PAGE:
Megan Ray Nichols

Megan Ray Nichols

Megan Ray Nichols is a STEM writer who covers industrial and scientific topics. She has four years experience covering these industries writing for sites like Thomas, IoT Times, IndustryWeek and Discover Magazine. Megan also writes easy to understand science articles on her blog, Schooled By Science, to encourage others to take an interest in these subjects.


Commodity-Driven Deforestation Threatens Forests

The global market for consumer goods has led to a long-term trend of deforestation. Companies, governments, and individuals can reverse this. By Megan Nichols The global economy is at the mercy of its consumers, whose needs often have a negative impact on the environment. A recently published study explores the ...
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solar power

Improved Solar Power with New Organic Sensitizers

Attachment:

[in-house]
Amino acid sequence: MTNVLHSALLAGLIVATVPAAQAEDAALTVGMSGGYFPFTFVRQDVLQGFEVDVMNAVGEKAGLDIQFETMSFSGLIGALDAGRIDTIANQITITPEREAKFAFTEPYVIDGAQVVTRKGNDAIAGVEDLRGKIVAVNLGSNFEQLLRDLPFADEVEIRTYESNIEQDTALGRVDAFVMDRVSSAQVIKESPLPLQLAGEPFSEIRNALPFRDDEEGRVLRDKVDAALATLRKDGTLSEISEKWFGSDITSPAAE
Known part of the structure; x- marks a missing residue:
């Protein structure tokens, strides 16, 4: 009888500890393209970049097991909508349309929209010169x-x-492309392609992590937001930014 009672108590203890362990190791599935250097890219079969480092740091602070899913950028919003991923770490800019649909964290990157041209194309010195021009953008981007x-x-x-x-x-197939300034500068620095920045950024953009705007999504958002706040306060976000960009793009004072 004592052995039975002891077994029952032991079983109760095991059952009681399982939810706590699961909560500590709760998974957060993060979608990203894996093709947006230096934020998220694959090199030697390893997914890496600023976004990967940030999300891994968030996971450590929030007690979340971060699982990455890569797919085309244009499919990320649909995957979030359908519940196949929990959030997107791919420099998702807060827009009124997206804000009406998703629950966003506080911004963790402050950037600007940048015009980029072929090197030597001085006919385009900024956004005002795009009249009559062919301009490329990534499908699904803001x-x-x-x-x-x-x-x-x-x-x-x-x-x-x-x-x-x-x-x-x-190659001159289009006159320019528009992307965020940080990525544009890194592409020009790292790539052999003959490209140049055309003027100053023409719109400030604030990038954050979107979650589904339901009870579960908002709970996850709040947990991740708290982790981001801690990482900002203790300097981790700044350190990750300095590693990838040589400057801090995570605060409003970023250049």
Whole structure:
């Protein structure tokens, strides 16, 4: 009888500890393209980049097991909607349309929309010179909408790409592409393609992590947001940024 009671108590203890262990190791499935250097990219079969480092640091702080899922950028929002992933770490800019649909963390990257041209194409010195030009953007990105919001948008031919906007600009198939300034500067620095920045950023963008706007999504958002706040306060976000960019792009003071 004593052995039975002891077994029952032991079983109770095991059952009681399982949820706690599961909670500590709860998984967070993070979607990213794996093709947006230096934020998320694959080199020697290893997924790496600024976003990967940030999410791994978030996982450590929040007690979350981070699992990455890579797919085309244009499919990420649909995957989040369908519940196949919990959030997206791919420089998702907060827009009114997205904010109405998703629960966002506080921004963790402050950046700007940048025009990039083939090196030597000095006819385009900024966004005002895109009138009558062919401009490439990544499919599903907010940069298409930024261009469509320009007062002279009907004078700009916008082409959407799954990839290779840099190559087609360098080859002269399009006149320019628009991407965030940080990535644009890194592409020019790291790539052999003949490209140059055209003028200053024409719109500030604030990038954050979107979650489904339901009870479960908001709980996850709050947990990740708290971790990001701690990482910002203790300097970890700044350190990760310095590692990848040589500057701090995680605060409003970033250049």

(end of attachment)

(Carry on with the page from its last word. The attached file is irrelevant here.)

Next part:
Cheaper, better solar power? Harnessing the power of the sun might finally become easier and less expensive thanks to new research into organic sensitizers. By Megan Nichols According to Geoffrey Jones and Loubna Bouamane, researchers at Harvard Business School, using the sun as a power source predates electricity itself, making ...
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Citizen Science in Nebraska is Bigger Than You Think

by Megan Ray Nichols (@nicholsrmegan) In Nebraska, scientists working for the Nebraska Game and Parks Commission are increasingly relying on casual researchers and citizen scientists to better understand three creatures in particular: spotted skunks, salamanders, and regal fritillary butterflies. Why? The populations of these species have either declined or are ...
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Craft beer aisles in a grocery store. Each aisle is labeled with the name of a different country.

Globalization and Its Environmental Impact

Globalization has many negative impacts on the environment. Corporations that benefit from globalization most must work toward sustainability. By Megan Nichols (@nicholsrmegan) Broadly speaking, globalization refers to the increased interdependence of nations and the way people from different cultures and geographic locations can receive goods or communicate with each other ...
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